As head of the Department of Entomology at the University of Illinois and the nation’s leading expert on “Colony Collapse Disorder,” Berenbaum has testified before Congress on the potential disruption of the world’s food network because of the mysterious and rapid decline in honeybees.
Berenbaum’s “groundbreaking work on the science behind the bee population collapse and the genetics of co-evolution between plants and insects” won her the coveted Tyler Prize, one of the most distinguished science awards in the world.
With nearly 30 years in research, Berenbaum’s knowledge of the insect world goes far beyond honeybees. A graduate of Yale University, she later received her Ph.D. in ecology and evolutionary biology from Cornell University.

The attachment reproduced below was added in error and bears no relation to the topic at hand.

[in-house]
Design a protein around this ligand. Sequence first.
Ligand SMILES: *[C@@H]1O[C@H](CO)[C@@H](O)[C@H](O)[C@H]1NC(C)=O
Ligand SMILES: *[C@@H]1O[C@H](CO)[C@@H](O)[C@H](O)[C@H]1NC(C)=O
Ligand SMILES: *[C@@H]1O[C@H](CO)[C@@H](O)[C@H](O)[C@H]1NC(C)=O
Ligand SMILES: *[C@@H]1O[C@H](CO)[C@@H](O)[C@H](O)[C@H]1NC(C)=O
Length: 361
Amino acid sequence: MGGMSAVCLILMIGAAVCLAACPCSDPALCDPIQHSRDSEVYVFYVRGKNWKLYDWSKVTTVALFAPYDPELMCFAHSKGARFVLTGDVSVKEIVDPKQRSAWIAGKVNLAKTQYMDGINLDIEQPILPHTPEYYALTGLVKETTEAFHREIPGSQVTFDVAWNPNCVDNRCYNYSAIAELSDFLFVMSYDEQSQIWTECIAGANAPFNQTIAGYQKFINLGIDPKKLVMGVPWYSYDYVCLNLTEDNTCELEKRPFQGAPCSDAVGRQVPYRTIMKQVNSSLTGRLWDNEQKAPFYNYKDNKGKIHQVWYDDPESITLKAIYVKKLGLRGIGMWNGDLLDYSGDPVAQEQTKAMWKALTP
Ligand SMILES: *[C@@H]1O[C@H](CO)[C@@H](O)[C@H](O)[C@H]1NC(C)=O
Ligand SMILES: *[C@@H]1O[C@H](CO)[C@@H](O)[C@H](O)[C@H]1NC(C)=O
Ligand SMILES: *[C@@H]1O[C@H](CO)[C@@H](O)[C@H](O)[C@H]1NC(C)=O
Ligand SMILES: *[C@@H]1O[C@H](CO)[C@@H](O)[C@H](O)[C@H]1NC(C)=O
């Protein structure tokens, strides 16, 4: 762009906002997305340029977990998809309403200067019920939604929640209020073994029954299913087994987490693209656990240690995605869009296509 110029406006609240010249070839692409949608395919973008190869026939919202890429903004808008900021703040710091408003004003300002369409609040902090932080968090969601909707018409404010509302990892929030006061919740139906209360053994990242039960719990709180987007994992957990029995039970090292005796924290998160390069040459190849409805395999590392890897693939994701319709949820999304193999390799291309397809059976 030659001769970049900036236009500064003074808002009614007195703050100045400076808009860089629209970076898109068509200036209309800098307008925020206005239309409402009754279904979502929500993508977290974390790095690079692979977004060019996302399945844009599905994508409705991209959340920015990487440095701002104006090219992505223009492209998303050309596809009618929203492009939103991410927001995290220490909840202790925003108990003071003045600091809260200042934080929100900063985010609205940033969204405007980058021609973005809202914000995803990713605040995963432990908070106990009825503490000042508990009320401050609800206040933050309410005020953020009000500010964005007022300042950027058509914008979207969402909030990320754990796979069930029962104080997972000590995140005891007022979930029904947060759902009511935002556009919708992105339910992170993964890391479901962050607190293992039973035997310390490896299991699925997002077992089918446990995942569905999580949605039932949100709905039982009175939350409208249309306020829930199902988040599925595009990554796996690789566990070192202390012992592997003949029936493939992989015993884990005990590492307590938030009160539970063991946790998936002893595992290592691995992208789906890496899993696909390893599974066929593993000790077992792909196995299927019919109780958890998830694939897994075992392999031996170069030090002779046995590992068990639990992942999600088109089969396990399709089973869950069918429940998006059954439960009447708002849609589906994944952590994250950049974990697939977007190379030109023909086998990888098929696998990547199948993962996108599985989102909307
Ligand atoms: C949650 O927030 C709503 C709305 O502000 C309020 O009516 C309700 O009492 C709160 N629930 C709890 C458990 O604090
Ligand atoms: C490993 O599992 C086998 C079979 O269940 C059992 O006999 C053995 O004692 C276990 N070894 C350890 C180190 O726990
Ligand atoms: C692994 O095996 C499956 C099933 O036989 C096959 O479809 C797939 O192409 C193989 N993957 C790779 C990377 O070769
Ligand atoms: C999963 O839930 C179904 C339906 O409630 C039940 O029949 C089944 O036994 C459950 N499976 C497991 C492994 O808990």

There is nothing dry or academic about Berenbaum’s approach to explaining the impact of the insect world to our lives. Science Magazine said it best: “There is no better guide to the world of insects than Berenbaum whose writing is as readable as a good novel and who has a quirky sense of humor all her own.”
She has written four books: Bugs in the System: Insects and Their Impact on Human Affairs; Buzzwords: A Scientist Muses on Sex, Bugs and Rock ‘n’ Roll; 99 Gnats, Nits and Nibblers; and 99 More Maggots, Mites and Munchers.
She has gained fame as the organizer of the Insect Fear Festival, an annual celebration of Hollywood’s insect excesses, and has had “X-Files” character Dr. Bambi Berenbaum, a famous entomologist, named after her.